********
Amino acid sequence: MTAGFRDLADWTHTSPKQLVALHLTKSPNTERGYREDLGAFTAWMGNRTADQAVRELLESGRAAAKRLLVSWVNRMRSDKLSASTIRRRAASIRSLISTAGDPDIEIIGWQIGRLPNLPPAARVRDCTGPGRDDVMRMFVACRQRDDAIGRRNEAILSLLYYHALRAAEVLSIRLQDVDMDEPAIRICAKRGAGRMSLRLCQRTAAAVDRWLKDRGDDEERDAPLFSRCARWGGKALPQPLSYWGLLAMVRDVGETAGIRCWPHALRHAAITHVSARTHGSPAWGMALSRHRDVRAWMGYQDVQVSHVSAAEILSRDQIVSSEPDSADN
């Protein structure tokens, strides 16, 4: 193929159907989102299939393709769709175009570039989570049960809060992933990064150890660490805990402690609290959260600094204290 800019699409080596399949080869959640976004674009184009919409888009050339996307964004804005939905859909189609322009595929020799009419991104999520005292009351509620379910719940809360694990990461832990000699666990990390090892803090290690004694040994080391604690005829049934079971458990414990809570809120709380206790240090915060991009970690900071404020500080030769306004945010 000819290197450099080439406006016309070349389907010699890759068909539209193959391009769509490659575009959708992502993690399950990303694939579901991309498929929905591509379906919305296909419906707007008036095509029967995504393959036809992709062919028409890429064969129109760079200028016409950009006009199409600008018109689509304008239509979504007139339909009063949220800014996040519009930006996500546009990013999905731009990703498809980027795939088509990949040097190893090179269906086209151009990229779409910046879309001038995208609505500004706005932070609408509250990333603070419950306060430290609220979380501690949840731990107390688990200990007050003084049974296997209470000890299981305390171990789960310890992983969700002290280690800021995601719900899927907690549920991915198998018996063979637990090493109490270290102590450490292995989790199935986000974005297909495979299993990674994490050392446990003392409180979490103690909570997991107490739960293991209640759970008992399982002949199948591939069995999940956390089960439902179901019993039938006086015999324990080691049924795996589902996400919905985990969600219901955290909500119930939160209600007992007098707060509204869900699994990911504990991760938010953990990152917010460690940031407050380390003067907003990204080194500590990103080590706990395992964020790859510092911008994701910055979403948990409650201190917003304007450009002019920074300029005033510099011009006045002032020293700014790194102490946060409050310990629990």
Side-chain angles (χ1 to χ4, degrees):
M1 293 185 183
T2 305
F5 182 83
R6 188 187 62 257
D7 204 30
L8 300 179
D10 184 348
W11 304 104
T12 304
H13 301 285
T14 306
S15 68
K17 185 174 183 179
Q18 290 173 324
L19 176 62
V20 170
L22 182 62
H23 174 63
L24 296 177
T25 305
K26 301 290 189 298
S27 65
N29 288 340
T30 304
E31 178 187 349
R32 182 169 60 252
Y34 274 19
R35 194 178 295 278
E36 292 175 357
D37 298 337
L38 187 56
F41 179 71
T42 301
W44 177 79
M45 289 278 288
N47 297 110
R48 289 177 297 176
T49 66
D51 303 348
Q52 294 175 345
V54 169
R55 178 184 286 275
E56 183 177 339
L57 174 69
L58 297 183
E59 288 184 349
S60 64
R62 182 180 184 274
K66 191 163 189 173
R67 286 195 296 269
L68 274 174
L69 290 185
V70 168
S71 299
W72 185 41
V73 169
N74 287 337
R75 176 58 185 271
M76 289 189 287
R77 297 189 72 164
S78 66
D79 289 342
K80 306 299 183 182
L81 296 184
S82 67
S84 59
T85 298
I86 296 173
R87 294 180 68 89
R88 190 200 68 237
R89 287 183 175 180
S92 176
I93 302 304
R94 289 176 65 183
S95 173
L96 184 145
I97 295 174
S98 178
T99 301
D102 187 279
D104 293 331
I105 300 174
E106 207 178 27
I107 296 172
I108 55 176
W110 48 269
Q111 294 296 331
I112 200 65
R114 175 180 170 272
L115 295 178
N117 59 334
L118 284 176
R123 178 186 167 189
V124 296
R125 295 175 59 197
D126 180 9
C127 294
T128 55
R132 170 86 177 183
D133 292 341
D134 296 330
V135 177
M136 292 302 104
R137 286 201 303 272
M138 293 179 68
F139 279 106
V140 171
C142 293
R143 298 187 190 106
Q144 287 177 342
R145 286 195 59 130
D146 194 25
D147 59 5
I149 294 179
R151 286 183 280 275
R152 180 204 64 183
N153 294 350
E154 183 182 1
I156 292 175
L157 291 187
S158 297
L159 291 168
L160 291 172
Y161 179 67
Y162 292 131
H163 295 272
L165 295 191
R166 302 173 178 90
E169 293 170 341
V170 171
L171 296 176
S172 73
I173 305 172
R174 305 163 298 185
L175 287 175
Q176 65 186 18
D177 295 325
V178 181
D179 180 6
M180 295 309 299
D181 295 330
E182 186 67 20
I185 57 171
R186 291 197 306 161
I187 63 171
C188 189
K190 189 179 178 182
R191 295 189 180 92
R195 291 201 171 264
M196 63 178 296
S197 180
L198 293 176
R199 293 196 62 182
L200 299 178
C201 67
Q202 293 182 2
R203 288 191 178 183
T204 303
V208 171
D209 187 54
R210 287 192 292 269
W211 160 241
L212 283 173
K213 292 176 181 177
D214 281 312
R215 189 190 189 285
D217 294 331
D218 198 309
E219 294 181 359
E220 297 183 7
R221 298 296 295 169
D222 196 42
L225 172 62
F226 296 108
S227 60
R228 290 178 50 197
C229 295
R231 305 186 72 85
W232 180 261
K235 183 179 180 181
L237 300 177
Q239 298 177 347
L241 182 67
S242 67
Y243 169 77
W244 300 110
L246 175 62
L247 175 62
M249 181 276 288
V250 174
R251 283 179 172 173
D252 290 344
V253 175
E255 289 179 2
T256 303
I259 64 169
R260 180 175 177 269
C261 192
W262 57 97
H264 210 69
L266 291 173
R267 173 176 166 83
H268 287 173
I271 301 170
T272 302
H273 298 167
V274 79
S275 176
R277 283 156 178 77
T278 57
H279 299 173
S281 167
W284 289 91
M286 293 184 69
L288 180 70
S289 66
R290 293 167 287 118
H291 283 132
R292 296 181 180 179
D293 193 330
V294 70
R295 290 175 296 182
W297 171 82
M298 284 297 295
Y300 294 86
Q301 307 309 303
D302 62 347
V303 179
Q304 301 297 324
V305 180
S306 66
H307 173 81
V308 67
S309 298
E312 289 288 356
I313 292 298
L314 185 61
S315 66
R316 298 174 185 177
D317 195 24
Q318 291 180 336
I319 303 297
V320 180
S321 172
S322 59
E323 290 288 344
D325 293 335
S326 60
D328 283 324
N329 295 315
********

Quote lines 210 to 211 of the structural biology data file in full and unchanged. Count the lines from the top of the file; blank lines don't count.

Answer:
V274 79
S275 176